Kharhorin or Karakorum
By Abhijeet Swami
Since the 1990’s there has been discussion to shift the capital of Mongolia to Kharkhorin from the current over-polluted capital of Ulaanbaatar. Historically, Kharkhorin was the centre of empires that had a significant impact across Eurasia.
The plain on which Kharkhorin (earlier Karakorum) is situated extends 30 kilometers or more between two east-west running ridges. No landform obstructs the sun as it travels along its length. The Orkhon river follows the base of mountains to the north. It is summer and the grass is plentiful. Availability of grass, water and space made the Orkhon valley an appropriate site for the encampment of an army, or for the establishment of a large city. It is not surprising that this valley is a place of ceremonial significance and that Mongols and nomadic leaders desired capital cities and empires to be built there.
Southern bank of the Orkhon and floodplain. Photo: Abhijeet Swami.
Turkic people first established a tradition of rule from this valley in the early 8th Century. Mortuary monuments to the Turkic leader Bilge Khaghan and his younger brother and commander Kül Tegin were found about a ‘day’s ride on horseback’ north of the ruins of Karakorum’.[i] Uighurs established the next empire (744-840) in the region and their capital, Khar Balgas, was also less than a day’s ride on horseback from Kharkhorin.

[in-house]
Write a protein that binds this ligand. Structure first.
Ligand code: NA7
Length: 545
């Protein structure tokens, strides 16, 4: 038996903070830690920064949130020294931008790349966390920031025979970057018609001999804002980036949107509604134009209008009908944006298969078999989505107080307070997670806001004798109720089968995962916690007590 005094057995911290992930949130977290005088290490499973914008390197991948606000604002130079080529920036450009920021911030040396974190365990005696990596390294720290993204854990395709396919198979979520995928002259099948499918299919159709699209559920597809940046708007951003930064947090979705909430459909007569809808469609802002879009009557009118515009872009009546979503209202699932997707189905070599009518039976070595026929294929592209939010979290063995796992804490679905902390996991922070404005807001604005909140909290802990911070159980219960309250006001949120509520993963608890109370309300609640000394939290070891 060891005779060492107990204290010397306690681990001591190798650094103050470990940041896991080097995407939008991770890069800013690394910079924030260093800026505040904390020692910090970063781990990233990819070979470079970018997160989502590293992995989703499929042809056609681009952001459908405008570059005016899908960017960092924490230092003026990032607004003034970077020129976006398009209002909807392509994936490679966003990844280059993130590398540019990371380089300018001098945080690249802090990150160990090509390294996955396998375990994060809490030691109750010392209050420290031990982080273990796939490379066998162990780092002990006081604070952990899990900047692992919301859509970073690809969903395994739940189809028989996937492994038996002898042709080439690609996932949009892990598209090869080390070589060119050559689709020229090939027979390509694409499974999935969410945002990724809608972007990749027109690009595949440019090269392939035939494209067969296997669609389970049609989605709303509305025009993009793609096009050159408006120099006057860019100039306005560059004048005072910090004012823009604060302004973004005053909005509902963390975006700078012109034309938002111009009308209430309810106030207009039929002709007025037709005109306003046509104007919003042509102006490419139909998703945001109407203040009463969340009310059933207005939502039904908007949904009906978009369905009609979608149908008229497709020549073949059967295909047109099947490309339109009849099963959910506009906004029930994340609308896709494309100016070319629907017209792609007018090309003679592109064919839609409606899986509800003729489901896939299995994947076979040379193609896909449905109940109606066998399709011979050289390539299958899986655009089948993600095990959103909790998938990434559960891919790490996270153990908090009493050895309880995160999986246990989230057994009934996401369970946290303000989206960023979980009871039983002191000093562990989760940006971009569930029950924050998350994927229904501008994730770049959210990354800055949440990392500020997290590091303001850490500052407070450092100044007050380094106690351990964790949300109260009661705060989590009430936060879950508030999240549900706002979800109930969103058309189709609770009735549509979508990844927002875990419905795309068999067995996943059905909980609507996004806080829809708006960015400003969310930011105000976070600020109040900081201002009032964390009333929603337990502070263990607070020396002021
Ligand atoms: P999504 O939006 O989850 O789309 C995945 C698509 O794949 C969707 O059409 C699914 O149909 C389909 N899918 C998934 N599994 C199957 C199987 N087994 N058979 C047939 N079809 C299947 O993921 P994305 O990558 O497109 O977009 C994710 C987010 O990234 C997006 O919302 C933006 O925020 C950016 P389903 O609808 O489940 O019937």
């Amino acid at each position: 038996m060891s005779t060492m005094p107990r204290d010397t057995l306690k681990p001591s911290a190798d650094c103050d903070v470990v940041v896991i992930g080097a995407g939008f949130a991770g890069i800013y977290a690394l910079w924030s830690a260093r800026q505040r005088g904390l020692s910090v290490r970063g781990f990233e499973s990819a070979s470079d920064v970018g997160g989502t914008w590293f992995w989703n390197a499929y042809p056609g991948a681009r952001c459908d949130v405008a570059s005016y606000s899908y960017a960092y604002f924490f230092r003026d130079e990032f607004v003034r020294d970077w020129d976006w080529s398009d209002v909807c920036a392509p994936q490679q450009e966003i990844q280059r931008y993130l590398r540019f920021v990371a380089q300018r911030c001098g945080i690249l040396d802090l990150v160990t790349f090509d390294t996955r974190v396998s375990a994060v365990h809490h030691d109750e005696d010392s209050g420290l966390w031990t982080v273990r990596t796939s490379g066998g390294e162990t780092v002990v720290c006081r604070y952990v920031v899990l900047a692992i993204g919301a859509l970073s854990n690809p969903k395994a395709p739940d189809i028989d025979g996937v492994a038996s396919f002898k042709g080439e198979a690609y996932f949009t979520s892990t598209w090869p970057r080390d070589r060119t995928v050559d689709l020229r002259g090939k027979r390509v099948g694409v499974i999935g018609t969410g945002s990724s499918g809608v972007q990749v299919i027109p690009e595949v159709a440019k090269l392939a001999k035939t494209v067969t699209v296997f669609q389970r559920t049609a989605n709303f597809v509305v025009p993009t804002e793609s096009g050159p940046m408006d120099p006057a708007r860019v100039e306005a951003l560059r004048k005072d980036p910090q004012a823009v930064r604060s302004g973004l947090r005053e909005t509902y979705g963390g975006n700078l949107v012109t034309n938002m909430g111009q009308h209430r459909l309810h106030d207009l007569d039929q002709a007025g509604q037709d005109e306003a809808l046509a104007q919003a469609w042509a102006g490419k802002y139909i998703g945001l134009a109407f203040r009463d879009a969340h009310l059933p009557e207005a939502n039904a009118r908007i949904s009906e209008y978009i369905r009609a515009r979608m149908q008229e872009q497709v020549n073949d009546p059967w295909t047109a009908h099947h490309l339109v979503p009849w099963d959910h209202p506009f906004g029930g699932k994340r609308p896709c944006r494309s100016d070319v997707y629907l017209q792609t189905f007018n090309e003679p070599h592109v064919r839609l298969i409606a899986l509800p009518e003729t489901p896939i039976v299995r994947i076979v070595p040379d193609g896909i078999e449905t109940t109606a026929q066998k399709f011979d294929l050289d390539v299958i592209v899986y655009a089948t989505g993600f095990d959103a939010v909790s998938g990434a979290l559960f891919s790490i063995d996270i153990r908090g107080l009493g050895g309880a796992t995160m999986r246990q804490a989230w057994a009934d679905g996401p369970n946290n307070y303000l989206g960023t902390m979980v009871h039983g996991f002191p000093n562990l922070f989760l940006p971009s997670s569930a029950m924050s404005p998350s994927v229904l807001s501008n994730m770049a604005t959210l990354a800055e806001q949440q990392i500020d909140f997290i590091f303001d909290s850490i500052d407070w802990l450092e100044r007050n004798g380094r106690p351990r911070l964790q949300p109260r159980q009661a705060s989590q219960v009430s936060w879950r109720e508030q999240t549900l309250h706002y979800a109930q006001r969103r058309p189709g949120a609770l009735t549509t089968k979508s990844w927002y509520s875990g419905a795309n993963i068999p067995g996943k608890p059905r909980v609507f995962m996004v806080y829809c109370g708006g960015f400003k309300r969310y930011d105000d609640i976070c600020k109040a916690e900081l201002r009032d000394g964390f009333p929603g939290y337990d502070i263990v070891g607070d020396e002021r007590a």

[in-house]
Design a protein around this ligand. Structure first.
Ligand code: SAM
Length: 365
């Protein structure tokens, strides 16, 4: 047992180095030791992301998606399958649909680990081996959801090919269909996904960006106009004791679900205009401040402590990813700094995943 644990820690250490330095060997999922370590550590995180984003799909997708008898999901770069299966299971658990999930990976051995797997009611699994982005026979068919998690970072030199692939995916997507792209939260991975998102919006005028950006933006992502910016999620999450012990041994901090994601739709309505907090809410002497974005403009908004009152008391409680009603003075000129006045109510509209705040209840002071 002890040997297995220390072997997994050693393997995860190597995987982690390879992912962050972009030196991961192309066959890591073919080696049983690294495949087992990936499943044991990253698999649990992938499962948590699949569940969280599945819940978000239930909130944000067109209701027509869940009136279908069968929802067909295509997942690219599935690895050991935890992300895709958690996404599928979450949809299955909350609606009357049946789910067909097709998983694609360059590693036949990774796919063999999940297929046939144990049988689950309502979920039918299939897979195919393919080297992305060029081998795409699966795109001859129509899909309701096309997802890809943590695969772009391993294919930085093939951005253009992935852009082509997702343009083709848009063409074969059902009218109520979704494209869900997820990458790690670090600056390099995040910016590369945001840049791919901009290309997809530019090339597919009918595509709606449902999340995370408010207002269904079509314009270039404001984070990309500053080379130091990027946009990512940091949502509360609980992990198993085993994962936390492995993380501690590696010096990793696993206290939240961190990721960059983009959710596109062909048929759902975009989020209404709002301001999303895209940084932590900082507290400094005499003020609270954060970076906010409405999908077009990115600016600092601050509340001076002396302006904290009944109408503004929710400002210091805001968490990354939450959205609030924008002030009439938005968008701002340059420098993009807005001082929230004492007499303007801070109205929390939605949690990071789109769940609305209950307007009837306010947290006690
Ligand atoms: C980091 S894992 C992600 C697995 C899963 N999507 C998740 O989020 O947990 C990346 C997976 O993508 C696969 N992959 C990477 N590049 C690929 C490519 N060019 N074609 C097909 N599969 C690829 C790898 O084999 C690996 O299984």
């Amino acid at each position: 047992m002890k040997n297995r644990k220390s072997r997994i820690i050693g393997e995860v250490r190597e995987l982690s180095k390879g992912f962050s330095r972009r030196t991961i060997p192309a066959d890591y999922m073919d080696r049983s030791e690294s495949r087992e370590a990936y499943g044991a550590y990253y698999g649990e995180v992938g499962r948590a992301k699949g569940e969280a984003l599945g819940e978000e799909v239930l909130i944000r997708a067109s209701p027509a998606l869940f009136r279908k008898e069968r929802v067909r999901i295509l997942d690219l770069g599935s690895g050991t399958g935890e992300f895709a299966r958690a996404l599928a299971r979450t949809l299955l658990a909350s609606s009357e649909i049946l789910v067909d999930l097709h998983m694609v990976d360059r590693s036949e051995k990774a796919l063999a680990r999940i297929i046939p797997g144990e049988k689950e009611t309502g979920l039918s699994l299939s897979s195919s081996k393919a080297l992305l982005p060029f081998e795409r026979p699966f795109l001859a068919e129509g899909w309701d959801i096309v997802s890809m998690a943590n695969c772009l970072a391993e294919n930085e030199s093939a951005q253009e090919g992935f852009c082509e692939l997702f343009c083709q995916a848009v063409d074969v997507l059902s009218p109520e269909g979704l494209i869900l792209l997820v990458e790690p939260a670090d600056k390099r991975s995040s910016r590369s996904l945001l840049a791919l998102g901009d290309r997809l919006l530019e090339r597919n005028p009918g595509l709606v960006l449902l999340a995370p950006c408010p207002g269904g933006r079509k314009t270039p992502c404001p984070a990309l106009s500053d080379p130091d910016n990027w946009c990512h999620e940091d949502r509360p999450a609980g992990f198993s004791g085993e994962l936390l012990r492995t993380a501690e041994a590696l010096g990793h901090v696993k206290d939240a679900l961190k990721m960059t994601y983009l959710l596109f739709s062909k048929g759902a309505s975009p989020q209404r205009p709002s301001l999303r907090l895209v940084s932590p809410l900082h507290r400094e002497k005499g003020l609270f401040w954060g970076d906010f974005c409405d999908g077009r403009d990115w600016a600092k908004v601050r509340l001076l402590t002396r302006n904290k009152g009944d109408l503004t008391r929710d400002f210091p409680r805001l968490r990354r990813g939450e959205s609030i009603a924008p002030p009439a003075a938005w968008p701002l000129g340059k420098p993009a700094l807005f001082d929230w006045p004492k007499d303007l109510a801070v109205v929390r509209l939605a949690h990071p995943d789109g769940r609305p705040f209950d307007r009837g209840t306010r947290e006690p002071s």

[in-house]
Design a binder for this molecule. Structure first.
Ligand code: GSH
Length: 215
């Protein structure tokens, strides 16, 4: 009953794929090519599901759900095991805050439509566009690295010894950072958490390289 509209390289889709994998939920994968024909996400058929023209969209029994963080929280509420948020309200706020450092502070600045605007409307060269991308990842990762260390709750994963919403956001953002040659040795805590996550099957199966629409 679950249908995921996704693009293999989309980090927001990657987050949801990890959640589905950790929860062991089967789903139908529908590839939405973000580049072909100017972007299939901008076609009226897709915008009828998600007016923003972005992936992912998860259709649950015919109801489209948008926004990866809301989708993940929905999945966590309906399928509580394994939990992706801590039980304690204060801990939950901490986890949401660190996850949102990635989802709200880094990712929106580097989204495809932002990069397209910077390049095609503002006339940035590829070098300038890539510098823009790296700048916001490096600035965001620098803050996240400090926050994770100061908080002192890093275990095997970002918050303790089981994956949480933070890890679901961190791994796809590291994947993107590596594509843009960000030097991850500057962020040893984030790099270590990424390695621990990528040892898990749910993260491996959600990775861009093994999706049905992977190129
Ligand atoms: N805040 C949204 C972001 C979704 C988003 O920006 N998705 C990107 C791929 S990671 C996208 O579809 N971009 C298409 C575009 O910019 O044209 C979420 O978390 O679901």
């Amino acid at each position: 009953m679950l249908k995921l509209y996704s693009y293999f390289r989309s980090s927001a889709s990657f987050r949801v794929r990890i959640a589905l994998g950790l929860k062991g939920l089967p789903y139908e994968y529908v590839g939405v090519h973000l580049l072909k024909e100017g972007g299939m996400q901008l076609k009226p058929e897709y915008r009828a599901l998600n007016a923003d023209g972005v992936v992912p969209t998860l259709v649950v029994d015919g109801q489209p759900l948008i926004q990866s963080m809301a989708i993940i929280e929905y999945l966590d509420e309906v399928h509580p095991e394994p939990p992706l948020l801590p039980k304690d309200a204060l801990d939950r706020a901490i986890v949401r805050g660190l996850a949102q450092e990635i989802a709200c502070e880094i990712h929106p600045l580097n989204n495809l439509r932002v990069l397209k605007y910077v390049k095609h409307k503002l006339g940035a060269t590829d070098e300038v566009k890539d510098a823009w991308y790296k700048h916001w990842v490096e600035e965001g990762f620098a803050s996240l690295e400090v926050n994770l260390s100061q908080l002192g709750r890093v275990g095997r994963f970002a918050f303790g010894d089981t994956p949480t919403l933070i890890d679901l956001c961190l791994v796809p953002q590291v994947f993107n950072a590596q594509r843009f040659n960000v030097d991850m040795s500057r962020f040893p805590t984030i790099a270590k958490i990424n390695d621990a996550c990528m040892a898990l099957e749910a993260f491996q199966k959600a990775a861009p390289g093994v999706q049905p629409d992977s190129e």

Kharkhorin became an imperial city in the second half of the 13th Century.[ii] Permanent buildings were established around 1235 and did not cease being built until the 1250’s. For longer than a decade, 1500 workers were building the city walls, until they were dismissed by Mongke Khan in 1251, who then ‘resettled’ 500 craftsmen families to build a palace.[iii] When Friar William arrived from France in 1254, although he was not impressed by the dimensions of the city or the palace, he saw twelve temples devoted to the faiths of different peoples, two mosques, and a church; as well as grain, sheep and goats, cattle and wagons, and horses being sold at the four gates of the city.[iv] The city became a centre of art production, where ceramic, metal, glass, wood, bone and birchbark objects were produced by artisans from around the empire for use and exchange.
But it was not easy to maintain the city in a place of savage winters and vast distances: freezing and thawing of the ground damaged infrastructure; raw material had to be imported from the far reaches of the empire; and the climate was not suitable for growing sufficient food. Indeed, Ogedei Khan issued a Yasa, which commanded that 500 wagonloads of food and drink should arrive at Kharkhorin every day.[v] This Yasa was a source of grief to generations of oxen, who pulled these big wagons from northern China.